UCLA wins 2011 women's NCAA championship
BRYAN, Texas – This wasn’t how it was supposed to end – a dramatic finish zapped by a scorecard snafu. Purdue and UCLA traded the lead throughout the back nine of the NCAA Championship May 21 and for the second consecutive year, it looked as though the tournament might be decided on the 72nd hole.
NCAA Women's Championship (Final)
View images of the final round of the Women's NCAA Championship at Traditions Club in Bryan, TX.
Then, in the midst of a welcomed moment of heightened suspense, Purdue coach Devon Brouse walked behind the 18th green and informed several members of the media that Thea Hoffmeister had just been disqualified. And just like that, the balloon popped. UCLA won its first NCAA crown since 2004.
With Hoffmeister’s 75 thrown out for signing an incorrect scorecard, Purdue had to count Maude-Aimee LeBlanc’s 77. UCLA’s lead stretched to four strokes as the last groups came down the18th. Hoffmeister walked up to Brouse, wrapped her arms around his neck and sobbed loudly.
“You shouldn’t have to teach that lesson more than once,” said Brouse. Indeed, it’s a mistake Hoffmeister won’t make again. Luckily, UCLA’s four-stroke victory makes it seem as though, in the end, those two strokes didn’t matter.
But, Brouse had encouraged LeBlanc to go for the par-5 18th in two, thinking they had Hoffmeister in at 75. LeBlanc pulled her second shot left and wound up making bogey. Brouse also noted that when the final two groups came up the 18th and saw the UCLA team arm in arm while the Boilermakers had their chins buried, it undoubtedly shifted the pressure points.
“Sometimes it doesn’t go your way,” said Brouse, who brought the same starting five that won last year’s championship. “We’re not going to feel sorry for ourselves.”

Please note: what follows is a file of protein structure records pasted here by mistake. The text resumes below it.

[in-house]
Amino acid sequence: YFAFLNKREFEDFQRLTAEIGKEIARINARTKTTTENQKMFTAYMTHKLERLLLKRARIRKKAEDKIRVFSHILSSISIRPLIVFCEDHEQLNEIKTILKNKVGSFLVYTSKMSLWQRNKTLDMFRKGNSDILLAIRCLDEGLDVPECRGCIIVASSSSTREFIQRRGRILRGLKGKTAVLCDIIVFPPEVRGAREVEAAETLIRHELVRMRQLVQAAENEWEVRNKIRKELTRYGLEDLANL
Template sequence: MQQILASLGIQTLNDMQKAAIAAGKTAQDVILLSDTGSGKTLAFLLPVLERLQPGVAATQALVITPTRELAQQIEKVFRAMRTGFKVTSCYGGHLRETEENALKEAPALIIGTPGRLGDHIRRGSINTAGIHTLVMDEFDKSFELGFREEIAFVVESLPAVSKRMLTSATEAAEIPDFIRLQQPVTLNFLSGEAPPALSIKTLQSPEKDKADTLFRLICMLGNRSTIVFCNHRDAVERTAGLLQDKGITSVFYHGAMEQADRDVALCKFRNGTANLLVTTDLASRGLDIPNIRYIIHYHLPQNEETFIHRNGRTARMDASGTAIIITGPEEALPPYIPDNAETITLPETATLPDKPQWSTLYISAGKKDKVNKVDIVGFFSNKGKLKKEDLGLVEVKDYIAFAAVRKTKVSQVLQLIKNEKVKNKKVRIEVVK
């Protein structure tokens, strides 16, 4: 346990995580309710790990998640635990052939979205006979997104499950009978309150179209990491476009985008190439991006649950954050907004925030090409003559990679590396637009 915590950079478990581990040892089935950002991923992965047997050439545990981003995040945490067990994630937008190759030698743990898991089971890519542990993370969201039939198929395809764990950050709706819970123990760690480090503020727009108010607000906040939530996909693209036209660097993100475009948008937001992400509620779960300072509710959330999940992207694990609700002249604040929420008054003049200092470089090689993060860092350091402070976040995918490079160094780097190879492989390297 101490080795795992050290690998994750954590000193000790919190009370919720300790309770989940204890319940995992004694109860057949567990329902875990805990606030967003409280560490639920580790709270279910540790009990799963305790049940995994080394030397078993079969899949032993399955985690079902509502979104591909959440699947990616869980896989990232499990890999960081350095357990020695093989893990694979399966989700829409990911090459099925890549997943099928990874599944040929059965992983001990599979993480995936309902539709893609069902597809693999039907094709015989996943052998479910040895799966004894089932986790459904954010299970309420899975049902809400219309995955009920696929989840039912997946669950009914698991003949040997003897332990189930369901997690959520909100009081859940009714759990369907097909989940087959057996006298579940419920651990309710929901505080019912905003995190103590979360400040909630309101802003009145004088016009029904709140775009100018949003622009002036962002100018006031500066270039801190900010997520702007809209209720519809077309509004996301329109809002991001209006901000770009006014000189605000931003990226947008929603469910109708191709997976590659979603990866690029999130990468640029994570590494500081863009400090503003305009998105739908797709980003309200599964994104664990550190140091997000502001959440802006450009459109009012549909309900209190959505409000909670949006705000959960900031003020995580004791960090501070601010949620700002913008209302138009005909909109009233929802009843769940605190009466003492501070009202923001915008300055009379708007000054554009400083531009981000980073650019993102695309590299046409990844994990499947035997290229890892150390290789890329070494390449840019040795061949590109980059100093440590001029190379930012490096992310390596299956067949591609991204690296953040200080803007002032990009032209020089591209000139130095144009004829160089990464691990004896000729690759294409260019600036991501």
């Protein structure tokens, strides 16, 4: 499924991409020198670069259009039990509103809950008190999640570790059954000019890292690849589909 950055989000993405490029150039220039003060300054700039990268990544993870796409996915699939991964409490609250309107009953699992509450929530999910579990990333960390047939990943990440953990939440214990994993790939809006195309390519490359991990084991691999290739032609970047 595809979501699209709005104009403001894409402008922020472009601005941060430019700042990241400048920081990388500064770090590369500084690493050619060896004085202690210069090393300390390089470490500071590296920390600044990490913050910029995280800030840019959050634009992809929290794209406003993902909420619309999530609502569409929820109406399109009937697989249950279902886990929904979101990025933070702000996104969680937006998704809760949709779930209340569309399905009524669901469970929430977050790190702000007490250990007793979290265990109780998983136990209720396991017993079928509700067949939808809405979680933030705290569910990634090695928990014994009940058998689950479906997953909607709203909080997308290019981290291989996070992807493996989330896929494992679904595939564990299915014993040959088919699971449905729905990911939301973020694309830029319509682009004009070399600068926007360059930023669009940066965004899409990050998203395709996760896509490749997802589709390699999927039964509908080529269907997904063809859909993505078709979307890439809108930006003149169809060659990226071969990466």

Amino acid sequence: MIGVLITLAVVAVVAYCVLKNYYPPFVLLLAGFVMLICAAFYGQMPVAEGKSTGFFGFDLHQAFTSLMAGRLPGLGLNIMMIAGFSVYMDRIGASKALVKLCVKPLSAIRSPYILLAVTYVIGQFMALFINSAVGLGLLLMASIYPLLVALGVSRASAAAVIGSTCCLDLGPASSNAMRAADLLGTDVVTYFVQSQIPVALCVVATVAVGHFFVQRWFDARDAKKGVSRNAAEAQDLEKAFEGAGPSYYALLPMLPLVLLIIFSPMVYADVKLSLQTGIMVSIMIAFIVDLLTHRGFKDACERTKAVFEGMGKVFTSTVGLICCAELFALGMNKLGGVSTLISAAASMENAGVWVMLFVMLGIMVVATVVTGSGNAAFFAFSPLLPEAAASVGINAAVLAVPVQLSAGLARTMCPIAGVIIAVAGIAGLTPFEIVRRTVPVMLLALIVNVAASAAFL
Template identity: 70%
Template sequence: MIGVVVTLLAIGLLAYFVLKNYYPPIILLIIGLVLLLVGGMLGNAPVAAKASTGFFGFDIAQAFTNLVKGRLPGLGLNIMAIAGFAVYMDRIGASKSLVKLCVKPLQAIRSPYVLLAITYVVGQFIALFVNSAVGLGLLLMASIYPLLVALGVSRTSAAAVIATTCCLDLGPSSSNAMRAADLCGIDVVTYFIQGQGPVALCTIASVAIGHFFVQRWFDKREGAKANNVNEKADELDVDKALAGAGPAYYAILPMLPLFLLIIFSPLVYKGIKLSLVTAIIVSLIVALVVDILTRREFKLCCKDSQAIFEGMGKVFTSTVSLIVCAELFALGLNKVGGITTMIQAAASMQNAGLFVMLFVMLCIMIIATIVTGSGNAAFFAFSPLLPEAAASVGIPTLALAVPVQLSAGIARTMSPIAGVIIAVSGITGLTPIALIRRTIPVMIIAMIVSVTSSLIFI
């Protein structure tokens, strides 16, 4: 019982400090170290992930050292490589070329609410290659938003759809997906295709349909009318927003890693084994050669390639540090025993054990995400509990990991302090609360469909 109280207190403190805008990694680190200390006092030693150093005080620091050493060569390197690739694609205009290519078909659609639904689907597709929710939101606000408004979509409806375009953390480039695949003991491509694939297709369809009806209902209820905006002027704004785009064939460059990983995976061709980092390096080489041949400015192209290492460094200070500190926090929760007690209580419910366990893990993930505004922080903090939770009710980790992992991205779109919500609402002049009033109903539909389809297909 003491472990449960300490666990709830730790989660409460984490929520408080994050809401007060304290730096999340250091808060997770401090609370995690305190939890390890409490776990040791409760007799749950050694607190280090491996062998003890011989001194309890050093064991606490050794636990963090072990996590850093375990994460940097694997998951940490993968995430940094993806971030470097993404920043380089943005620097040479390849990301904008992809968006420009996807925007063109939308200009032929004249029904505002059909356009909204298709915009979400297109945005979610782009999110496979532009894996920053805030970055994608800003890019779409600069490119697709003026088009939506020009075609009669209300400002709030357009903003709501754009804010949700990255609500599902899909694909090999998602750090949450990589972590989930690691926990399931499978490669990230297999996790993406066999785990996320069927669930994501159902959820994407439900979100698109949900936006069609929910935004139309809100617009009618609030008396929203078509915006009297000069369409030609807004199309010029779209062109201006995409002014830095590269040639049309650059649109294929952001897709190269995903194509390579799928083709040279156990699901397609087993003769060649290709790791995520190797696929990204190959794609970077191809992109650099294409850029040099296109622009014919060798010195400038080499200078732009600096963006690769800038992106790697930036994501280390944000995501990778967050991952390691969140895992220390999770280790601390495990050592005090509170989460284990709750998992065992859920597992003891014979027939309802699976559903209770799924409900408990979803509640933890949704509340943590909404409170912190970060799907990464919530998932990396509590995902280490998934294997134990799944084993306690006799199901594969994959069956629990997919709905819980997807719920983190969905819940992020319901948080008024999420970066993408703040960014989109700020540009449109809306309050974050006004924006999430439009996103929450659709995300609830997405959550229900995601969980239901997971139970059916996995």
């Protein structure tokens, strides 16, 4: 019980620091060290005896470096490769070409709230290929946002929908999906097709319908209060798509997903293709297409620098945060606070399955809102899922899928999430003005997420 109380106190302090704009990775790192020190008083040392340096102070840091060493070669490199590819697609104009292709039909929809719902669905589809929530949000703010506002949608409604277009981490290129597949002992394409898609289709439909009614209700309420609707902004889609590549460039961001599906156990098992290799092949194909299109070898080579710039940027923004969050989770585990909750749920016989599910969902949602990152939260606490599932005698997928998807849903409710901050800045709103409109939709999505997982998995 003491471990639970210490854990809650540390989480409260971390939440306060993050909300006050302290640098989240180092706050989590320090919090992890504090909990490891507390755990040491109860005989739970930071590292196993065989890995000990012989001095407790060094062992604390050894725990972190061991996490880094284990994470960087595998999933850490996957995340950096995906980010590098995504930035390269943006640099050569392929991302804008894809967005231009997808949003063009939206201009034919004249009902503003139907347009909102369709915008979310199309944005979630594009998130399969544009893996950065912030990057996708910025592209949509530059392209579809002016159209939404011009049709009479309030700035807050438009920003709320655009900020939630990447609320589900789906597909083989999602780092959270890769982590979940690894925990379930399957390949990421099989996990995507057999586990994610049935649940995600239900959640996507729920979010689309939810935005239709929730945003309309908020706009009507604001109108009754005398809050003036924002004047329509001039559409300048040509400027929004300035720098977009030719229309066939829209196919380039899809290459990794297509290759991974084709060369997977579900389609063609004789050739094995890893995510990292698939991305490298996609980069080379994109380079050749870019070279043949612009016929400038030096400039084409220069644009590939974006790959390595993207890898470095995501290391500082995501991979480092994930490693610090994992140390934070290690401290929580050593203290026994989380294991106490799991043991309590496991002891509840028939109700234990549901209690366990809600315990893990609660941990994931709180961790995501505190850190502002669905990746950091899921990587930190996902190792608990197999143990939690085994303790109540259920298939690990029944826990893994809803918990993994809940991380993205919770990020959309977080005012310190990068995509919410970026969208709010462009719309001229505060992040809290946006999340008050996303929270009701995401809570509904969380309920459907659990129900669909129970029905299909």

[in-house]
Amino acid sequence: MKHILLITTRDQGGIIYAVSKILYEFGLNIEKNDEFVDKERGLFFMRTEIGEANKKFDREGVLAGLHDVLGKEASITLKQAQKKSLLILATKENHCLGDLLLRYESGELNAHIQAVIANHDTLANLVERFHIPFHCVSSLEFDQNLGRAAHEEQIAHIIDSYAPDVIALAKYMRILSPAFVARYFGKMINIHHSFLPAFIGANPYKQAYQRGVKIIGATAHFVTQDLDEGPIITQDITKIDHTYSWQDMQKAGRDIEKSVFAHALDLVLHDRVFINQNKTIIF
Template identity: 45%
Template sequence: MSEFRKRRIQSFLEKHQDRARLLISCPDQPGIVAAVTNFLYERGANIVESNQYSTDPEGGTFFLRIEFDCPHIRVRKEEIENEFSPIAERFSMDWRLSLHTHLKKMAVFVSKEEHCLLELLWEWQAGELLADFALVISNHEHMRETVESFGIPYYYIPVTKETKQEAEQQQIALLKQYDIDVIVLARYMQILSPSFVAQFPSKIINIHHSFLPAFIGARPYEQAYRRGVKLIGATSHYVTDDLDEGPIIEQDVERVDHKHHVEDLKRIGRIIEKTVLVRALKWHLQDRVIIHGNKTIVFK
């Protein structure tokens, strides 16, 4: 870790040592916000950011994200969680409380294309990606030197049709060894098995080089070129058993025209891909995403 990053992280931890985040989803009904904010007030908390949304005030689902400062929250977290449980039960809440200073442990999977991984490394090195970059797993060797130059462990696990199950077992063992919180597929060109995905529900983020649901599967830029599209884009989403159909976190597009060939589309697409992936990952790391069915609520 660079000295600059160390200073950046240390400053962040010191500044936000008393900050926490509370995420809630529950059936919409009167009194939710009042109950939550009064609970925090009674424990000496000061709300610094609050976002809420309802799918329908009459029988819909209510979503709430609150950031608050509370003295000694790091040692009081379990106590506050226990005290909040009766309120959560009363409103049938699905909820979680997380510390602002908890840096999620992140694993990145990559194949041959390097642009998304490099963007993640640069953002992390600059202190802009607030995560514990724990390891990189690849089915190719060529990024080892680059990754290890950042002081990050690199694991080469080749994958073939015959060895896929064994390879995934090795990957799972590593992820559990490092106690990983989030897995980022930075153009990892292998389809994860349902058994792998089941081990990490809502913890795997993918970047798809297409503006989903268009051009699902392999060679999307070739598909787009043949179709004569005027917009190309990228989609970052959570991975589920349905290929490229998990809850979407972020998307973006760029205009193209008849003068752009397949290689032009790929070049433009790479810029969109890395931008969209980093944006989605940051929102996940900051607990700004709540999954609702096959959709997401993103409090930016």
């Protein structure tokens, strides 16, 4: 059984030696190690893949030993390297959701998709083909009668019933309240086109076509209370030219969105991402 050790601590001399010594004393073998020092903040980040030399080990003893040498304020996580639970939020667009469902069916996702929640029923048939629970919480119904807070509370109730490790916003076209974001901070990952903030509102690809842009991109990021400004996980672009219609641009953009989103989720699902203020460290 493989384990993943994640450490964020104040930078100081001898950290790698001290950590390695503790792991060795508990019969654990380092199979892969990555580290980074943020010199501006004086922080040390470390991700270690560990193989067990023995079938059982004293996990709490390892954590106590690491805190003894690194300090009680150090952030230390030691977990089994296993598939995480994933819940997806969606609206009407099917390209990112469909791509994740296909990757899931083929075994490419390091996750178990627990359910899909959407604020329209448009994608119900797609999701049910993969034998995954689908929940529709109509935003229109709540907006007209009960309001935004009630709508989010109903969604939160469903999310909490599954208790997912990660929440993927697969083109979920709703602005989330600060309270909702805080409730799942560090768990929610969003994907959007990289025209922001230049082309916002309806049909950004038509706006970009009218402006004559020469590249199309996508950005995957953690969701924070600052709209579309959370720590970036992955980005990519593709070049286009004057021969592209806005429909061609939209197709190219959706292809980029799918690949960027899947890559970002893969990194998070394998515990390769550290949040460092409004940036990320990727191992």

For UCLA coach Carrie Forsyth, this marks her second national championship and sixth title of the season. The Bruins finished at 21-over 1,173, four ahead of Purdue and eight ahead of LSU. Ani Gulugian led the Bruins with even-par 72, while Stephanie Kono and Lee Lopez added 2-over 74s on a day thick in humidity and a round short on light.
Top teams returned to the course early Saturday morning to complete the third round and then returned to their hotels for a significant amount of downtime. The final group teed off at 3:09 p.m., and Forsyth wasn’t the only coach who worried play might have to continue into Sunday.
Shortly after Tiffany Lua closed out her 75 to finish tied for fourth, the tears started flowing. UCLA assistant coach Alicia Um couldn’t see her phone to Tweet her eyes were so moist. After a long group hug, players grabbed their cell phones and called home.
“It feels like a dream,” said Kono. “There were so many emotions. We led the entire week but with every day if felt like our goal was so close but so far.”
2.) Freshman sensation: LSU freshman Austin Ernst could have struggled to get to sleep Friday night. She had fallen from her perch atop the leaderboard on a rainy day at Traditions Club, and had three shots to make up on individual leader Tiffany Lua of UCLA to pull off one of the greatest feats in school history.